Retinopathy of prematurity and neurodevelopmental outcomes in preterm infants: A systematic review and meta-analysis

Shivashankar Diggikar, Puvaneswari Gurumoorthy, Paula Trif, Diana Mudura, N. Karthik Nagesh, Radu Galis, Anand Vinekar, Boris W. Kramer

Research output: Contribution to journalReview articlepeer-review

7 Citations (Scopus)

Abstract

Background: Retinopathy of prematurity (ROP) and abnormal brain development share similar risk factors and mechanisms. There has been contrasting evidence on the association of ROP with adverse neurodevelopmental outcomes. Objective: We analysed the association between ROP at levels of severity and treatment with all neurodevelopmental outcomes until adolescence. Data source: We followed PRISMA guidelines and searched Medline and Embase between 1 August 1990 and 31 March 2022. Study selection and participants: Randomised or quasi-randomised clinical trials and observational studies on preterm infants (<37 weeks) with ROP [type 1 or severe ROP, type 2 or milder ROP, laser or anti-vascular endothelial growth factor (VEGF) treated] were included. Data extraction and synthesis: We included studies on ROP and any neurocognitive or neuropsychiatric outcomes. Outcomes: The primary outcomes were as follows: cognitive composite scores evaluated between the ages of 18 and 48 months by the Bayley Scales of Infant and Toddler Development (BSID) or equivalent; neurodevelopmental impairment (NDI; moderate to severe NDI or severe NDI), cerebral palsy, cognitive impairment; and neuropsychiatric or behavioural problems. The secondary outcomes were as follows: motor and language composite scores evaluated between the ages of 18 and 48 months by BSID or equivalent; motor/language impairment; and moderate/severe NDI as defined by the authors. Results: In preterm infants, “any ROP” was associated with an increased risk of cognitive impairment or intellectual disability [n = 83,506; odds ratio (OR): 2.56; 95% CI: 1.40–4.69; p = 0.002], cerebral palsy (n = 3,706; OR: 2.26; 95% CI: 1.72–2.96; p < 0.001), behavioural problems (n = 81,439; OR: 2.45; 95% CI: 1.03–5.83; p = 0.04), or NDI as defined by authors (n = 1,930; OR: 3.83; 95% CI: 1.61–9.12; p = 0.002). Type 1 or severe ROP increased the risk of cerebral palsy (OR: 2.19; 95% CI: 1.23–3.88; p = 0.07), cognitive impairment or intellectual disability (n = 5,167; OR: 3.56; 95% CI: 2.6–4.86; p < 0.001), and behavioural problems (n = 5,500; OR: 2.76; 95% CI: 2.11–3.60; p < 0.001) more than type 2 ROP at 18–24 months. Infants treated with anti-VEGF had higher odds of moderate cognitive impairment than the laser surgery group if adjusted data (gestational age, sex severe intraventricular haemorrhage, bronchopulmonary dysplasia, sepsis, surgical necrotising enterocolitis, and maternal education) were analysed [adjusted OR (aOR): 1.93; 95% CI: 1.23–3.03; p = 0.04], but not for cerebral palsy (aOR: 1.29; 95% CI: 0.65–2.56; p = 0.45). All outcomes were adjudged with a “very low” certainty of evidence. Conclusion and relevance: Infants with “any ROP” had higher risks of cognitive impairment or intellectual disability, cerebral palsy, and behavioural problems. Anti-VEGF treatment increased the risk of moderate cognitive impairment. These results support the association of ROP and anti-VEGF treatment with adverse neurodevelopmental outcomes. Systematic Review Registration: https://www.crd.york.ac.uk/prospero/, identifier: CRD42022326009.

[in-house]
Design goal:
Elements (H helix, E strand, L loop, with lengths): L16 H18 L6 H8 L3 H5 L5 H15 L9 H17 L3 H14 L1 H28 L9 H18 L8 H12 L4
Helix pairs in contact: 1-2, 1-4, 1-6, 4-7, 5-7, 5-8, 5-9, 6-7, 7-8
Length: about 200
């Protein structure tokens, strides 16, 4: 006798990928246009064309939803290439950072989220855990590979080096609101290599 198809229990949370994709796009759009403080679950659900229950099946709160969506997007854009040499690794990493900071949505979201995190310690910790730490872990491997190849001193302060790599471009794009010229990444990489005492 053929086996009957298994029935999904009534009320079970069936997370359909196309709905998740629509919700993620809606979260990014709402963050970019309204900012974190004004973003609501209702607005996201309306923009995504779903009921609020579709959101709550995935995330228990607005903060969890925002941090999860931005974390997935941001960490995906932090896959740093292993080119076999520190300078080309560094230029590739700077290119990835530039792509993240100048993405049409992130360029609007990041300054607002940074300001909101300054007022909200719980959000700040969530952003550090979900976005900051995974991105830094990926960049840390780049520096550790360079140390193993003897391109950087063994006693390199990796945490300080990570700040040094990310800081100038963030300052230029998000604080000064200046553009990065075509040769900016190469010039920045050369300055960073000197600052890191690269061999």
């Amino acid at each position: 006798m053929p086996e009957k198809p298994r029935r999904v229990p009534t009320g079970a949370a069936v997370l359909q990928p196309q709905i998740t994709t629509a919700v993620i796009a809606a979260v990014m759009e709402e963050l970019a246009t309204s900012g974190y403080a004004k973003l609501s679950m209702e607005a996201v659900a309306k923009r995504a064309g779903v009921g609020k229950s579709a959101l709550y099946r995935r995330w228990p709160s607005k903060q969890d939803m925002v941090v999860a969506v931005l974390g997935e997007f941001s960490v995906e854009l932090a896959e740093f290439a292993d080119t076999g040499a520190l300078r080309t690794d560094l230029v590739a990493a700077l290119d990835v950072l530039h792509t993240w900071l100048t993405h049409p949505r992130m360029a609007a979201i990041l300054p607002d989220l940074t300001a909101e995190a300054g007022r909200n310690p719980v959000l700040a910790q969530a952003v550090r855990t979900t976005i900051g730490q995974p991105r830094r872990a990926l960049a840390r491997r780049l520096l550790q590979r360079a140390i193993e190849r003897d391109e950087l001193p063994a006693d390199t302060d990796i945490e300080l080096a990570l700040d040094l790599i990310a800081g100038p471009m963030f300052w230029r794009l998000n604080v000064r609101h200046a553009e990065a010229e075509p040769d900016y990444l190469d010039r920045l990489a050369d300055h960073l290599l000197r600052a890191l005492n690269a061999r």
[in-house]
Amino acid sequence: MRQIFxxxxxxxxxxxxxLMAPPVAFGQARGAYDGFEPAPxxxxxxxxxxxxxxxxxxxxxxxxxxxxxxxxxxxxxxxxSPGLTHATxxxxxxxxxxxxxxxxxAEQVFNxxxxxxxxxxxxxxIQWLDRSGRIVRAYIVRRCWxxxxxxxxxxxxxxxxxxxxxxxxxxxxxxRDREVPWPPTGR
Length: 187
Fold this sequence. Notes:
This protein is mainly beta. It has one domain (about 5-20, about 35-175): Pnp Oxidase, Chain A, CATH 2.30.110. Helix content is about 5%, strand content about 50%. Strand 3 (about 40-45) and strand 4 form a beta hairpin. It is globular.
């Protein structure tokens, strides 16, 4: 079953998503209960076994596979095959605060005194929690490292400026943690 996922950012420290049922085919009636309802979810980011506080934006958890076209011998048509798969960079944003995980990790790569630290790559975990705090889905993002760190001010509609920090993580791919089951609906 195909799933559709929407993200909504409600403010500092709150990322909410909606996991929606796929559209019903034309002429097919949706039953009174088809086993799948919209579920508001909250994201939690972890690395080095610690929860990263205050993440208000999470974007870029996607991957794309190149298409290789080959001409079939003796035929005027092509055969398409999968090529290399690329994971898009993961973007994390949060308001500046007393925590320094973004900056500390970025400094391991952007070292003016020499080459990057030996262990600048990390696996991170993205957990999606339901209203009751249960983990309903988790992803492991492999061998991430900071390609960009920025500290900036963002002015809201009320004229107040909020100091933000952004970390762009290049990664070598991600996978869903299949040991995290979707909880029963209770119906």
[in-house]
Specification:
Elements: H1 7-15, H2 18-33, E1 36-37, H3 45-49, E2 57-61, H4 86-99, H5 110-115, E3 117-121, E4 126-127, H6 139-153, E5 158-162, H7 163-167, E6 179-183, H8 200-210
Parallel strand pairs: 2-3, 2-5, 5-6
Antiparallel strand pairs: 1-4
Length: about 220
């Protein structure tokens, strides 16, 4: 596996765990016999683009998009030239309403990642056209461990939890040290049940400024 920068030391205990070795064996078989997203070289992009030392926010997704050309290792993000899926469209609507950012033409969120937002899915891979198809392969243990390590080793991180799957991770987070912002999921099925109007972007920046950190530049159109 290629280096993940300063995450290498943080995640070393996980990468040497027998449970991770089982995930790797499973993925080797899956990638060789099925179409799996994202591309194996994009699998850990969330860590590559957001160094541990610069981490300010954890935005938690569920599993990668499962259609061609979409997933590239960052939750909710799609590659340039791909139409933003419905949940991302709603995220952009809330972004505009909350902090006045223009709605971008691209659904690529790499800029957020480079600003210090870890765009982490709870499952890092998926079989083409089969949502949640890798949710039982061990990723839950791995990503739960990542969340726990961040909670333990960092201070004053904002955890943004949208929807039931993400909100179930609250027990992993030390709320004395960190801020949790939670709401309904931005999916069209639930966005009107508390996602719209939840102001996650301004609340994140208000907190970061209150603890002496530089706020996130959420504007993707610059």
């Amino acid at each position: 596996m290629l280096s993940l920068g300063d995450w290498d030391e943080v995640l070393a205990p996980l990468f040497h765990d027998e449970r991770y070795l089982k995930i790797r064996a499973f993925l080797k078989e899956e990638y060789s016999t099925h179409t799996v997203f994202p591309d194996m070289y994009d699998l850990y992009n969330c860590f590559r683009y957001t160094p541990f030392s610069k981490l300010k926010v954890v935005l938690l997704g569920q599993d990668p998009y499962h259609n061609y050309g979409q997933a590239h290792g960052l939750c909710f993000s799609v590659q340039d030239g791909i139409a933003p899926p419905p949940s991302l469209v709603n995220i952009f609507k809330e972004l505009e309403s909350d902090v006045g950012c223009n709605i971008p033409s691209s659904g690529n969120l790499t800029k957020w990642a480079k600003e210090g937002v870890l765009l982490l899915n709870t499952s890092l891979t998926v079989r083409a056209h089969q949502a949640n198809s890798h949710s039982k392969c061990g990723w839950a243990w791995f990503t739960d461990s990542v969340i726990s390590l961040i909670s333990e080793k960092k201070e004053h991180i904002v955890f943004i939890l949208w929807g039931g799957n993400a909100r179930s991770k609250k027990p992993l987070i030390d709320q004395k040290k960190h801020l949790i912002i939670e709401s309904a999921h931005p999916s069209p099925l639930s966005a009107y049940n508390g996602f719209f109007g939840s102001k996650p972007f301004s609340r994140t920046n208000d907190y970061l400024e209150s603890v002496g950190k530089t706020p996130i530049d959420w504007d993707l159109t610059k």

Original languageEnglish
Article number1055813
JournalFrontiers in Pediatrics
Volume11
DOIs
Publication statusPublished - 2023

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